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Alfredo Triff: Parodies: Jazz Music for Violin and Octet

Eyal Hareuveni By

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American-Cuban violinist Alfredo Triff is known for his long-standing work with composer-arranger-songwriter-producer Kip Hanrahan that began in 1985—five years after Triff arrived to New york from Havana, Cuba—and continues to this day. But Triff's work encompasses more than Hanrahan music. He experimented with recording solo electric violin, released solo albums that presented his diverse musical interests in changing formats, collaborated with Brazilian singer-poet Arnaldo Antunes and toured with another of Hanrahan frequent collaborators, Jack Bruce, and participated on Bruce's album Shadows in the Air (Sanctuary, 2001).

Triff fits perfectly within Hanrahan eclectic musical universe, where Latin rhythms and forms blend organically with free jazz, prog-rock and suggestive-sensual poetic texts. Triff's fifth solo album has a similar eclectic quality. It is a set of 17 short pieces for violin and octet that reflect his rich and literate musical language and seminal artists who affected his aesthetics, beginning with his Afro-Cuban heritage, moving through contemporary composers, poets and conceptual artists and concluding with a musical nod to Hanrahan. And, as the opening piece is titled. "For the Sake of Argument," Triff makes a strong case for the violin as a legitimate and integral instrument in modern jazz formats.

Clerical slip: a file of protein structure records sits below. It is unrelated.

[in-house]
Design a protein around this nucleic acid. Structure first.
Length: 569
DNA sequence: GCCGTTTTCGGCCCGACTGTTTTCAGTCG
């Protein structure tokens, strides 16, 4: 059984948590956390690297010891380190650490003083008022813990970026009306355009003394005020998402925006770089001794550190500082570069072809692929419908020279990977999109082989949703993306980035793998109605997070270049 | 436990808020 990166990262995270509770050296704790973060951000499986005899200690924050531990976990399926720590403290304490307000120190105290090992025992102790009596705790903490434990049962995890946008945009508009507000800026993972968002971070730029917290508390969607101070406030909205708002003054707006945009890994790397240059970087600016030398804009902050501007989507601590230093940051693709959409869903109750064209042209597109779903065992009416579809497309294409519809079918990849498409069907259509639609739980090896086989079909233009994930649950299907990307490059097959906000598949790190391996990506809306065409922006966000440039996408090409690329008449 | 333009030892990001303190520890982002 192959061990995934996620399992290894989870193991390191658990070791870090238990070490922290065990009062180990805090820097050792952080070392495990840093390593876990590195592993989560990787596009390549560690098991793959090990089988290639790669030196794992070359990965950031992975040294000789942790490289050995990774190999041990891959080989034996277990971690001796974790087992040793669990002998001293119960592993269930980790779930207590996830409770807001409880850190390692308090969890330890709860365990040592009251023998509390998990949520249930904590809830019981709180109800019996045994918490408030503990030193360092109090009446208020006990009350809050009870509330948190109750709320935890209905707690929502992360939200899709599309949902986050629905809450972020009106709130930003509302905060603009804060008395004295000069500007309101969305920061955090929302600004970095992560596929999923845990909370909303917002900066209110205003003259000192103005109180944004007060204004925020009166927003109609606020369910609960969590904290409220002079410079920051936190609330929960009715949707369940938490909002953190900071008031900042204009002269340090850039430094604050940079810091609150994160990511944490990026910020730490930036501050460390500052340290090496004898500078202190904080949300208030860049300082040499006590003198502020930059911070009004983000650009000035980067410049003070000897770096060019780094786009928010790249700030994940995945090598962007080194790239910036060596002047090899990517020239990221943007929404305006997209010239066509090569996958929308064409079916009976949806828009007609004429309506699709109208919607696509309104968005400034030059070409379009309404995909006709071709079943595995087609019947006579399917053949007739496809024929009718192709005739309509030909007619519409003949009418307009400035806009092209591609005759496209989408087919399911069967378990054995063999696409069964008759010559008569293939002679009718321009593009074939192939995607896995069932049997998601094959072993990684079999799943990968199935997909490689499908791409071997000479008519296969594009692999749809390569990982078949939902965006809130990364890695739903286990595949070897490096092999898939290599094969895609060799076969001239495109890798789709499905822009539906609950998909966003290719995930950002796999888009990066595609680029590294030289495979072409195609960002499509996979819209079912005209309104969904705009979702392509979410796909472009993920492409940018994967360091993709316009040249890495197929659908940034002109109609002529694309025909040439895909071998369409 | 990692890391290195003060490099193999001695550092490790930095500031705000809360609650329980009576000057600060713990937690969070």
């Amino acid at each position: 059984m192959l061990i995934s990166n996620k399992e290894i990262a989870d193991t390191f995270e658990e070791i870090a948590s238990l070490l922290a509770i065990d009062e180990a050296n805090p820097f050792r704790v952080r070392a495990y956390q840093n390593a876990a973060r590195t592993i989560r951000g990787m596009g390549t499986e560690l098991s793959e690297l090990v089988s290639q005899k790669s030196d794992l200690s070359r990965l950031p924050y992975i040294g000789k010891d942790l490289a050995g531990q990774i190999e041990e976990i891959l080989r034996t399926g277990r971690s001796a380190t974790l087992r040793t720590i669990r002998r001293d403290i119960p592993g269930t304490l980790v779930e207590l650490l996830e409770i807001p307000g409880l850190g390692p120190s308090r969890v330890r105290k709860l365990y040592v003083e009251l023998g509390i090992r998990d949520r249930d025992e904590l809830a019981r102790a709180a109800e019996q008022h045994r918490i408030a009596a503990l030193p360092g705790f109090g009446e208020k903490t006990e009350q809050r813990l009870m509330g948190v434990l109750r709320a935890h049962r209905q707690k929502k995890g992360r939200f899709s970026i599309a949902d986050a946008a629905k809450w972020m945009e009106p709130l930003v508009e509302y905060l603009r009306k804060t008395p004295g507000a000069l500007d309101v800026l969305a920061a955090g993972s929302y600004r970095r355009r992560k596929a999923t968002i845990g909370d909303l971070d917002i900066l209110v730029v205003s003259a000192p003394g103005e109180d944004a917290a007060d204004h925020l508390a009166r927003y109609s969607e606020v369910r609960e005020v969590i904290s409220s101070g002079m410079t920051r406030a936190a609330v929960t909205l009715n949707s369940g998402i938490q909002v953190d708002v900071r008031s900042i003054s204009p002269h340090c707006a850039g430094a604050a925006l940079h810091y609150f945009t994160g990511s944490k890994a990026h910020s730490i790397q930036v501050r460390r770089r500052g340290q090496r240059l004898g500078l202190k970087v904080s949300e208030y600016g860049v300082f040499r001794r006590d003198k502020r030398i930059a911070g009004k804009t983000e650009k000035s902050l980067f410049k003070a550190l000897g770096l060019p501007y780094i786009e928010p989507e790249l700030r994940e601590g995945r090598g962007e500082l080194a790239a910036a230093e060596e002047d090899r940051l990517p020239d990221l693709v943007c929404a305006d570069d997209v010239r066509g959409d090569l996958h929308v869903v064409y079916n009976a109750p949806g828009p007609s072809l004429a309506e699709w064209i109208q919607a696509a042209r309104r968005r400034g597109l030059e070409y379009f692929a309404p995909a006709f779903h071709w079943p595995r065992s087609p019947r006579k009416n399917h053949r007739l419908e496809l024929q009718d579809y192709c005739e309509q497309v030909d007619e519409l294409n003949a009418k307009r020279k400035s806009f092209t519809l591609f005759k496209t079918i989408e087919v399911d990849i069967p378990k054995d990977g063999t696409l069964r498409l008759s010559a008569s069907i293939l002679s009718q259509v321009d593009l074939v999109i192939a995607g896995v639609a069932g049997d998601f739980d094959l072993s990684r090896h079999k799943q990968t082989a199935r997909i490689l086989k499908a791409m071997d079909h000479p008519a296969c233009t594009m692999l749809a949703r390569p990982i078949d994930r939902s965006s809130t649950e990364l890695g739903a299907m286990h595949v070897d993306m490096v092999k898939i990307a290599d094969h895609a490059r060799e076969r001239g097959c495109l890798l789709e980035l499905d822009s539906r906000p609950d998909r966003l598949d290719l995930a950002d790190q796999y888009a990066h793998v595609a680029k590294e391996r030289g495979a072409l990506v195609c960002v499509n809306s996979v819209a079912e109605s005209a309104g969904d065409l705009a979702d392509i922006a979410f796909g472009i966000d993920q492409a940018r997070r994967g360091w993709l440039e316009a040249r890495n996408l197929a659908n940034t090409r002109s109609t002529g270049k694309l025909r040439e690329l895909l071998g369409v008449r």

The 17 pieces stress Triff's gift to articulate clear and strong melodic ideas, fleshed impressively by his group, featuring pianist Raul Murciano, guitarist Rene Toledo, flutist and tenor saxophonist Jose Valentino and two other Hanrahan associates—drummer Horacio "El Negro" Hernandez and percussionist Robby Ameen. Triff turns such short compositions as "Aurora Borealis," "Sweet Smell of Success," "Can God Roll A Blunt So Strong That Even He Can't Hit It?" And "Glunk Cannot Be Unthunk" into multi-layered, playful-ironic and rhythmic textures, often sounding as advanced drafts for more elaborate and challenging compositions. As expected his homage to Hanrahan, "Blues for Mr. Hanrahan," is a moving, sensual piece that refuses to be pinpointed in any boundaries of genre, style or era.

Track Listing: For the Sake of Argument; Obispo y San Ignacio; Parastrata & Epistrata; Tu sei la sola al mondo che sa; Brief but Suave; Aurora Borealis; Waltz for Igor S.; Sweet Smell of Success; Ballad for Bas Jan Ader; The Prisoner's Dilemma; 999 Calories of Bittersweet; Can God Roll a Blunt so Strong That Even He Can't Hit It?; Estrella de la Tarde; Pulp of Bliss; Glunk Cannot Be Unthunk; Zerene Cesonia's Last Flight; Blues for Mr. Hanrahan.

Personnel: Alfredo Triff: violin; Raul Murciano: piano, Hammond organ; Alex Berti: double bass; Rene Toledo: guitar; José Valentino: flute, tenor sax, 3, 14; Carlos Averhoff: tenor sax (1, 9, 10, 12, 17); Cisco Dimas: trumpet; Horacio El Negro Hernandez: drums (1, 3, 6, 8-10, 12, 14, 15); Robby Ameen: drums); Daniel Ponce: congas ( 5, 13); Sammy Figueroa: percussion (3).

Title: Parodies: Jazz Music for Violin and Octet | Year Released: 2016 | Record Label: Self Produced

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